Expensive and Complex Croatian Road Project Grinds to Halt, Again

Lauren Simmonds

One of the largest Croatian strategic infrastructure projects, the construction of the state road 403 between the Škurinje junction and the Port of Rijeka, which is co-financed by the European Union with 85 percent of its funding, has been stopped, yet again.

As Novac/Kresimir Zabec writes on the 4th of November, 2019, according to what is currently unofficial information, the Jurcon Projekt company from Zagreb has filed an appeal for the tender for the construction of this (otherwise most expensive Croatian road) and thus stopped the implementation of the project until further notice. It is a 2997 meter long road with an estimated construction value of 461 million kuna, while the value of the total project is 520 million kuna. Therefore, the estimated cost of constructing one kilometre of this road is 153 million kuna or about 20 million euros.

The complaint was filed two weeks after the State Commission for the Control of Public Procurement Procedures suspended the proceedings following the complaint of a little-known Nekretnine Medulin from Rijeka. The project’s investor, Croatian Roads (Hrvatske Ceste), announced the closure of the bidding process on October the 31st, just hours after the announcement that bids would be opened on November the 14th. In construction circles, this information has caused quite a surprise considering that Jurcon Projekt is a design company, and they’ve filed an appeal for a construction tender. Quite soon after, information was circulating unofficially that in this case, it was actually a complaint on behalf of another larger company.

According to the information available, in this case, a large Italian construction company Rizzani de Eccher is allegedly the one behind the appeal. People in the know seem to have concluded that the Italian company wants to extend the bidding process as they still have time to put together a quality offer for this complex project.

The ”games” surrounding this tender began on September the 27th, when Nekretnine Medulin, owned by two Russian nationals, filed an appeal, just days before the deadline for opening bids. Just days later, DKOM’s lawyer Boris Šikanjić filed a motion to dismiss Nekretnine Medulin.

However, as the submission did not include a valid power of attorney, DKOM requested that document. It took the company eight days to submit the document, so DKOM only suspended the procedure on October the 15th.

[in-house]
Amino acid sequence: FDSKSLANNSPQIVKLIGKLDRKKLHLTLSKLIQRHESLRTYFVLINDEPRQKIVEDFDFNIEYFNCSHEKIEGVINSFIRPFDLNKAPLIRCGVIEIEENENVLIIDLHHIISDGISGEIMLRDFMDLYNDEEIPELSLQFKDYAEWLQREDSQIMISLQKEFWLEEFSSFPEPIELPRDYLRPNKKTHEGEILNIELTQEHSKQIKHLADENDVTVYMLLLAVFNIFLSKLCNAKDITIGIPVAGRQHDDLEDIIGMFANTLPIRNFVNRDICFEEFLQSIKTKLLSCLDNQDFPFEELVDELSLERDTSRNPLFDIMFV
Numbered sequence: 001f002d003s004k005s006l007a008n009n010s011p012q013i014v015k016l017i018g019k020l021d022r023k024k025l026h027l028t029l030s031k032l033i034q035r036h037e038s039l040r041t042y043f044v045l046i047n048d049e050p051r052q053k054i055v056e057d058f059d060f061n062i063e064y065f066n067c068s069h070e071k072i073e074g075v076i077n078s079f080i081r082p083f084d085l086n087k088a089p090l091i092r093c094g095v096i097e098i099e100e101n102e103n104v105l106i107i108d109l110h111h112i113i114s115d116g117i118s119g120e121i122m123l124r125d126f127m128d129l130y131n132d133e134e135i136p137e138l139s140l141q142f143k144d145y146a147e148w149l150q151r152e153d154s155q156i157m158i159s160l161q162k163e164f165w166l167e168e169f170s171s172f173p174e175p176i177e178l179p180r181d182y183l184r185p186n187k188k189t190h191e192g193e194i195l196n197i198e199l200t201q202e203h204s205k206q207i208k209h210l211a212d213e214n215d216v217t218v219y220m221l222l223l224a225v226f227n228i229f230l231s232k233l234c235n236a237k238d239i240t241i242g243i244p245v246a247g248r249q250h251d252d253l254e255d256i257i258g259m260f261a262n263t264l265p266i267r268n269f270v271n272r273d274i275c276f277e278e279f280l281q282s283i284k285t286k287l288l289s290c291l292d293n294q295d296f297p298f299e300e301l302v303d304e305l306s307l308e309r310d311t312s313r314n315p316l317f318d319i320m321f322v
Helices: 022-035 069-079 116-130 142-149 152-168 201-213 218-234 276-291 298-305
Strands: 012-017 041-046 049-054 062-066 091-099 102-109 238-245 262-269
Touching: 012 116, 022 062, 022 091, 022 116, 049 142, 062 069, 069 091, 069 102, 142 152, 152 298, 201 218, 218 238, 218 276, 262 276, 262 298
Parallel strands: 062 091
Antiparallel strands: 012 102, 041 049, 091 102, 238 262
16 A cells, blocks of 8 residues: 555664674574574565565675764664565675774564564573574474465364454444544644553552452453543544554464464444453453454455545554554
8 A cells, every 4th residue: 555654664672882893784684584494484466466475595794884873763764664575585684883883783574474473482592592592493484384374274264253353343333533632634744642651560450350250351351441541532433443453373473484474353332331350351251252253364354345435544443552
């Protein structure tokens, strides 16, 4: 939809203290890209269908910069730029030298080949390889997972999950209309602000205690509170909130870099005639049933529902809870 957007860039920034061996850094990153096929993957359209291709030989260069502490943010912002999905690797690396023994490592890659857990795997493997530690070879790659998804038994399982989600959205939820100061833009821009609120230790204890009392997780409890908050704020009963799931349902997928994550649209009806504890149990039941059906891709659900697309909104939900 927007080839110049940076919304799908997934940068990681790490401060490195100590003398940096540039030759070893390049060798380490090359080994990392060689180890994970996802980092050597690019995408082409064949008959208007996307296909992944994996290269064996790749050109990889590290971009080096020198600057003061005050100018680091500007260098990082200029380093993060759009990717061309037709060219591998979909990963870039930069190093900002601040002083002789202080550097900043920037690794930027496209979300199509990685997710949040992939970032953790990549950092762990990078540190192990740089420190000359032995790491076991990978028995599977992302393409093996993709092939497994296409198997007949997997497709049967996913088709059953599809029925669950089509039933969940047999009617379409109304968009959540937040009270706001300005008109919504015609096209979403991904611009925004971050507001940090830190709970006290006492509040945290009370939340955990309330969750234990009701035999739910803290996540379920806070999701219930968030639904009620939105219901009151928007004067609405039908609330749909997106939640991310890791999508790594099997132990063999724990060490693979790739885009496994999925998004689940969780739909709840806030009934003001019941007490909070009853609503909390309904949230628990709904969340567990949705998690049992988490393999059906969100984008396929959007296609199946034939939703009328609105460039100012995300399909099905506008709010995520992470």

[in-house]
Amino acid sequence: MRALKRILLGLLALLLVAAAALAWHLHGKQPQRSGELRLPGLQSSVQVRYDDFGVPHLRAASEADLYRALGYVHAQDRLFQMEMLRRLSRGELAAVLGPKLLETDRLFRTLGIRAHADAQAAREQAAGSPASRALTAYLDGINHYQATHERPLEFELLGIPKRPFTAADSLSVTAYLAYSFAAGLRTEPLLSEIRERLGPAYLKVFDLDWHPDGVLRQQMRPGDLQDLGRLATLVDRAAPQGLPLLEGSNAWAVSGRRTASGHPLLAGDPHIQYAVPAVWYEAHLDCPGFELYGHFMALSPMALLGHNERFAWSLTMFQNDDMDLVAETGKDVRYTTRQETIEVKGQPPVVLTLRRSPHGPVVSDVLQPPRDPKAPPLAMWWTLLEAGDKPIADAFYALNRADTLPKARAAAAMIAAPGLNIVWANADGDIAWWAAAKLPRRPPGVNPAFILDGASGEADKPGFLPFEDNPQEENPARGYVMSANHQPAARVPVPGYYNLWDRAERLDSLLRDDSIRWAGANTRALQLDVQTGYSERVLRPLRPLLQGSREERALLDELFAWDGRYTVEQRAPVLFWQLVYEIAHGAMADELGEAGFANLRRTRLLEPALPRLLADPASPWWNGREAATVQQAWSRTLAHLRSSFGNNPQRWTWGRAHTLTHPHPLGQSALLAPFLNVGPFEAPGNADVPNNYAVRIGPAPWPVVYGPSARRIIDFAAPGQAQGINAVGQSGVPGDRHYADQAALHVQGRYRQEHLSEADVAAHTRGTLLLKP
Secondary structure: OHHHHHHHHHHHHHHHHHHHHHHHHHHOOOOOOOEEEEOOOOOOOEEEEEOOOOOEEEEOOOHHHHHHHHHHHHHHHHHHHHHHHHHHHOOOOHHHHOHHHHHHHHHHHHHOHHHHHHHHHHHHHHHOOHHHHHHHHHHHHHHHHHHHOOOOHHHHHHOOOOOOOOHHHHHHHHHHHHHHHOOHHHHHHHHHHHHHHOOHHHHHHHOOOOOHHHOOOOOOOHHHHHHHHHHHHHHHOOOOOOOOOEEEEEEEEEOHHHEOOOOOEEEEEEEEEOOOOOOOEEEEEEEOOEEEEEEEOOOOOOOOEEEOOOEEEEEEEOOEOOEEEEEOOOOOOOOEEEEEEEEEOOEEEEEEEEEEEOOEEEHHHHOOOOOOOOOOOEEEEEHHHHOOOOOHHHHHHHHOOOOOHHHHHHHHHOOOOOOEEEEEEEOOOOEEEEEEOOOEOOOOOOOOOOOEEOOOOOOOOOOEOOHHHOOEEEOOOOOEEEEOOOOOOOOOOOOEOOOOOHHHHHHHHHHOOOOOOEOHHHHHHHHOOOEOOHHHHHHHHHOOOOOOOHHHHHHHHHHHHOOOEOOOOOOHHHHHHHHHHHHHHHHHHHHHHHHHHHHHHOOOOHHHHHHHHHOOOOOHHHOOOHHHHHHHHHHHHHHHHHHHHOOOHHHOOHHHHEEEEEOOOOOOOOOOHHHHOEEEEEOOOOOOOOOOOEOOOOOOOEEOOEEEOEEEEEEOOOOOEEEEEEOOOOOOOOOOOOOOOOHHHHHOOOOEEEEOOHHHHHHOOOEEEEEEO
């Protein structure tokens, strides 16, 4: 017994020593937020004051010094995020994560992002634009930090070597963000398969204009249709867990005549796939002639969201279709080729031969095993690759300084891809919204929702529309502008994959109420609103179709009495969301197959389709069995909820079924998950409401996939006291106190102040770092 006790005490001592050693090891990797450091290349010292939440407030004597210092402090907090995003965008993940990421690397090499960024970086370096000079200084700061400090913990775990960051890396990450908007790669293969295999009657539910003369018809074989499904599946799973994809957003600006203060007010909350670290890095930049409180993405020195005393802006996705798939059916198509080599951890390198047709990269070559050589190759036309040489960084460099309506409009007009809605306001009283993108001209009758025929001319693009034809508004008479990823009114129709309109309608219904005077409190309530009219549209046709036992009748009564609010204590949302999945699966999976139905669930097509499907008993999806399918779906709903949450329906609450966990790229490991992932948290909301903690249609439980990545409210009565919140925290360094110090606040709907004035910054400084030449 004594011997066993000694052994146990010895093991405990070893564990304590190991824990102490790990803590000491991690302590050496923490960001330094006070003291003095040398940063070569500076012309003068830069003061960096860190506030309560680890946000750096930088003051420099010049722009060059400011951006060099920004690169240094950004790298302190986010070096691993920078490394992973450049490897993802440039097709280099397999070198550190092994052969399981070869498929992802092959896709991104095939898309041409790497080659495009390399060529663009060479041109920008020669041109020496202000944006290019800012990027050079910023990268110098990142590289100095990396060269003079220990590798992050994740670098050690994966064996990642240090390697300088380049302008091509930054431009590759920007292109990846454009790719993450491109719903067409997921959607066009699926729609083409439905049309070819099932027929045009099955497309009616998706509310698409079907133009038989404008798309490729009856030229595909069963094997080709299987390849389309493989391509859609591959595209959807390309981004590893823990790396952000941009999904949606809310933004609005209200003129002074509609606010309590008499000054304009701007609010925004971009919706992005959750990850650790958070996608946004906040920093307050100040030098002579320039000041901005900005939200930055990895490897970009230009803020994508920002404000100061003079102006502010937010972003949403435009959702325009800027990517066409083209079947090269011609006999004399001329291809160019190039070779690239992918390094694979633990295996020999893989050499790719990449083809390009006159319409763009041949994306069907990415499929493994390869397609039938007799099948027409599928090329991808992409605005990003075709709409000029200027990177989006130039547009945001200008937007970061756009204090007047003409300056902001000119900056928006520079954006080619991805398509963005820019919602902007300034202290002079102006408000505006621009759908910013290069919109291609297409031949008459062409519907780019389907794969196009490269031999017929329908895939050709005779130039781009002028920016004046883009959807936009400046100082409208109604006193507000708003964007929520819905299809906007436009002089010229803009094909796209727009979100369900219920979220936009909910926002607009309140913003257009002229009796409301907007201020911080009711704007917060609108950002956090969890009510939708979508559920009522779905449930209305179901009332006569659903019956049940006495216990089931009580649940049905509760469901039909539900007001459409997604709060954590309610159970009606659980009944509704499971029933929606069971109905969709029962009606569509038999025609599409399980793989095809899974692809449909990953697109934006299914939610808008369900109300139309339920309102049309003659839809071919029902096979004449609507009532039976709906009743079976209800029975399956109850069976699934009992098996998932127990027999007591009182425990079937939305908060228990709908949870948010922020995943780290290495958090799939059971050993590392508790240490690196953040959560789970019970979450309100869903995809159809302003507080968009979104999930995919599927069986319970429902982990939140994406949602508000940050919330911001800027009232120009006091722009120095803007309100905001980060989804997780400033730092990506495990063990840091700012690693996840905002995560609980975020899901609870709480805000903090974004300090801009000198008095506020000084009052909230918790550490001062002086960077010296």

According to Croatian law, the tender process in such cases must be extended for as long as it was stopped due to appeals, and the opening of offers was postponed until November the 14th.

Following a new appeal, it is questionable whether or not offers will be opened at all this year. DKOM must resolve all of the appeals about strategic projects within a one month period. However, this deadline begins to run only after they receive all the documentation from the one who lodged the appeal and the investor, and not from the day the appeal was filed. Therefore, it isn’t unrealistic for bids to stay open until January next year, a whole eight months after the announcement of the tender. Of course, only if there are no appeals again.

This project is of strategic importance to Croatia as it will connect the newly built container terminal, Zagrebačka obala, in the Port of Rijeka with the Rijeka – Zagreb motorway. The construction of this road, according to all of the listed criteria, is a very demanding construction project.

Namely, it passes through a dense residential area of ​​Rijeka, and above the tunnel are four fourteen-story skyscrapers, and there are between 105 and 110 apartments in each skyscraper.

In addition to these skyscrapers, there are several smaller residential buildings along the tunnel route. The future contractor will drill a tunnel just below these skyscrapers and other residential buildings. As the tunnel vault to the foot of the building is about 30 metres away, the future contractor will need to apply special drilling and tunneling techniques to prevent the collapse of the ground.

As many as eight variants were considered in the design of this road route and this was chosen as the most favourable one of all. Those in the know claim that, given the configuration of the terrain, the construction of tunnels under this heavily populated area in Rijeka is not unusual and there are several such facilities in the city. However, this tunnel is specific because of its length and the number of dwellings below which it will pass. In addition to the tunnels, two viaducts, one underpass and one overpass will be built on the route. The deadline for the construction of this road is 30 months.

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